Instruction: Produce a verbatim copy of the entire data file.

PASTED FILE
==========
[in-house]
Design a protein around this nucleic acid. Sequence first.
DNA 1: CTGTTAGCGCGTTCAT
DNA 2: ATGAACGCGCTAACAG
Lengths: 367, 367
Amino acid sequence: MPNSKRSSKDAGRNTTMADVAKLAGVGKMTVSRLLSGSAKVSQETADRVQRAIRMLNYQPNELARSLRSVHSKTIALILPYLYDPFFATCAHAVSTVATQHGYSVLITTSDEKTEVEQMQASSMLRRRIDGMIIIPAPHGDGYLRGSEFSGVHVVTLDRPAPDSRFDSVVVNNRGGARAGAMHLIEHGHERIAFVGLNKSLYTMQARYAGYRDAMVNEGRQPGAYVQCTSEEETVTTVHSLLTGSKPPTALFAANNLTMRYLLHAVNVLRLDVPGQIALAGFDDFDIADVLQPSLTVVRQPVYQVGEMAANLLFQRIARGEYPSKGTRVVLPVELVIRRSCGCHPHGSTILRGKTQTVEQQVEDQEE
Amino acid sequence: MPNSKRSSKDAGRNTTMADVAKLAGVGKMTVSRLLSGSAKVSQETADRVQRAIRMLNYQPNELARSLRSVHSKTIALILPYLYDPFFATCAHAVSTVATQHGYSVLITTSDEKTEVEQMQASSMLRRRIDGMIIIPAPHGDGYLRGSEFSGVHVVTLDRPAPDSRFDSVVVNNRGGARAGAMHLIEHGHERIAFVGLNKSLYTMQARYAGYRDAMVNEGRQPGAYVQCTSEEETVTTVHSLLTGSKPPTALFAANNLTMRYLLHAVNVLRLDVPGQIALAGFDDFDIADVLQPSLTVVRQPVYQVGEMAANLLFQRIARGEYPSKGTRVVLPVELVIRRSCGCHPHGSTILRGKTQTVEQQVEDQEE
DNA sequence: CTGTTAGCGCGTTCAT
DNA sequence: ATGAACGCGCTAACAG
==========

[in-house]
Design a protein around this nucleic acid. Sequence first.
DNA 1: CTGTTAGCGCGTTCAT
DNA 2: ATGAACGCGCTAACAG
Lengths: 367, 367
Amino acid sequence: MPNSKRSSKDAGRNTTMADVAKLAGVGKMTVSRLLSGSAKVSQETADRVQRAIRMLNYQPNELARSLRSVHSKTIALILPYLYDPFFATCAHAVSTVATQHGYSVLITTSDEKTEVEQMQASSMLRRRIDGMIIIPAPHGDGYLRGSEFSGVHVVTLDRPAPDSRFDSVVVNNRGGARAGAMHLIEHGHERIAFVGLNKSLYTMQARYAGYRDAMVNEGRQPGAYVQCTSEEETVTTVHSLLTGSKPPTALFAANNLTMRYLLHAVNVLRLDVPGQIALAGFDDFDIADVLQPSLTVVRQPVYQVGEMAANLLFQRIARGEYPSKGTRVVLPVELVIRRSCGCHPHGSTILRGKTQTVEQQVEDQEE
Amino acid sequence: MPNSKRSSKDAGRNTTMADVAKLAGVGKMTVSRLLSGSAKVSQETADRVQRAIRMLNYQPNELARSLRSVHSKTIALILPYLYDPFFATCAHAVSTVATQHGYSVLITTSDEKTEVEQMQASSMLRRRIDGMIIIPAPHGDGYLRGSEFSGVHVVTLDRPAPDSRFDSVVVNNRGGARAGAMHLIEHGHERIAFVGLNKSLYTMQARYAGYRDAMVNEGRQPGAYVQCTSEEETVTTVHSLLTGSKPPTALFAANNLTMRYLLHAVNVLRLDVPGQIALAGFDDFDIADVLQPSLTVVRQPVYQVGEMAANLLFQRIARGEYPSKGTRVVLPVELVIRRSCGCHPHGSTILRGKTQTVEQQVEDQEE
DNA sequence: CTGTTAGCGCGTTCAT
DNA sequence: ATGAACGCGCTAACAG